Upcycle Your Exhibit for a Brand New Experience

August 1, 2015

A trade show display is a big investment and most businesses don’t want to just throw that money away. But sometimes the law of diminishing returns sets in. That $60,000 booth that made such a great impression 10 years ago may be giving off a bargain basement vibe today.  It can be tough to know the best route to take. As a result, many companies just leave old exhibits sitting in storage, accruing storage charges without getting any benefit.

What can you do to make the most of your existing exhibit? First, ask yourself a few questions to evaluate the impression your exhibit is making.

·         Is your exhibit keeping up with the latest trends?

According to Global Experience Specialists, one of the top trends in marketing at trade shows and other live events is fostering customer engagement in your brand. “Marketers across Corporate America continue to harness the incredible power of face-to-face marketing—using ‘brand experiences’ as a critical part of the modern era marketing mix. Event and trade show programs have become fully high-tech engagements that connect and engage—before, during and after an actual event or trade show. The result? Stronger marketing programs powered by stronger experiences,” GES states.

·         Does your booth space invite people in or keep people out?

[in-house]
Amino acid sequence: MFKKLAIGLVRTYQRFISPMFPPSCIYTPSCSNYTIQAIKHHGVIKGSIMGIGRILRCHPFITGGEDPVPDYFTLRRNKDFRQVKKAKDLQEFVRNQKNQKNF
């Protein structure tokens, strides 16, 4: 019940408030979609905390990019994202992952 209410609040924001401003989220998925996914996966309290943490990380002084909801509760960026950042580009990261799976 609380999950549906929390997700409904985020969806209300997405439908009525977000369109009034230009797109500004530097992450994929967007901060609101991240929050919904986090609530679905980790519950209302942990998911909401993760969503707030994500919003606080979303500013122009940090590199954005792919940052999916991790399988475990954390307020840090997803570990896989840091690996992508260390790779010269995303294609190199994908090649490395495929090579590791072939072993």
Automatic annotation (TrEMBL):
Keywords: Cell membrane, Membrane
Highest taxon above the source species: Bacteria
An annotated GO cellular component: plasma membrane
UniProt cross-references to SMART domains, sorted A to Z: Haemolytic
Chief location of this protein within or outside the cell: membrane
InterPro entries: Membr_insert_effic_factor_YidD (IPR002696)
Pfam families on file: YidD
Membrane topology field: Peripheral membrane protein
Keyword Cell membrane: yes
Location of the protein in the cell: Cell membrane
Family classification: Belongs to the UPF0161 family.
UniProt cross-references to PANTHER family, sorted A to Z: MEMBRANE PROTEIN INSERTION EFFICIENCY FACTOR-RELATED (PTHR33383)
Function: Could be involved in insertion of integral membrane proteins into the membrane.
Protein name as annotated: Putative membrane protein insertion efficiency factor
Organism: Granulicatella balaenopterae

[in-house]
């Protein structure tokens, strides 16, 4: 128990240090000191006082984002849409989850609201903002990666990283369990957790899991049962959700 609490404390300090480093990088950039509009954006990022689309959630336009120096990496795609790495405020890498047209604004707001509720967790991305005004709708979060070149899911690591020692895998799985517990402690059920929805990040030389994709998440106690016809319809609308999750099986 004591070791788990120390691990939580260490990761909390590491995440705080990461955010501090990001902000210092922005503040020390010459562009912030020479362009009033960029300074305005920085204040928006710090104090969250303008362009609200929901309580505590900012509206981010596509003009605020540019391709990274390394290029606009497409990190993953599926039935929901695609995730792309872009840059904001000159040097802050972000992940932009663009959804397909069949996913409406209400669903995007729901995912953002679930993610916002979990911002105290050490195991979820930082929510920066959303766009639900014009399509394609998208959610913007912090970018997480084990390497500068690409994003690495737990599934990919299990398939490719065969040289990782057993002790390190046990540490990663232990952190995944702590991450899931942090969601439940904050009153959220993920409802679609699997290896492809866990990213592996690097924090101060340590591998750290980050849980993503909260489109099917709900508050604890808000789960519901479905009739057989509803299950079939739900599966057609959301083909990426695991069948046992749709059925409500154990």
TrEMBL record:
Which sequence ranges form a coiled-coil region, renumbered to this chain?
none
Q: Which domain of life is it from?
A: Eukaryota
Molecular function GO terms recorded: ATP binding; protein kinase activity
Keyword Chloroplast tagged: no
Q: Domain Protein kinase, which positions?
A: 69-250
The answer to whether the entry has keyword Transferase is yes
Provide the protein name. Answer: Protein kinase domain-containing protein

GES also notes that audiences are expecting more inviting and entertaining booth spaces from exhibitors. Your booth configuration should make people feel comfortable, not trapped, which requires open spaces and places for easy interaction.

·         Does your exhibit reflect your current brand identity?

Even longstanding brands go through changes and updates. If you don’t think you can afford to replace your booth, you also can’t afford to send outdated marketing messages or make a poor impression on prospects. Of course, for companies that have been sold or have changed their names, a booth update is an absolute must.

Buying a brand new custom booth may be the best answer if your budget permits but it isn’t your only choice. Exhibitors can reap benefits from avoiding the costs of throwing the exhibit in the trash by choosing one of four upcycling options.

Upcycling is a big trend in home furnishings and décor – as people turn worn-out or dated furniture into fresh design statements. That same concept can apply to your trade show display.

Four upcycling options:

1.       Trade in your old exhibit for a new exhibit and reap the savings.

If your exhibit is still in working order and structurally sound, you may be able to trade it in for a new exhibit from a trade show exhibit firm that offers trade-ins. Trading in your old exhibit can yield a significant discount on the cost of a new exhibit. Not only will it save on your budget, but it will also help save the planet through upcycling.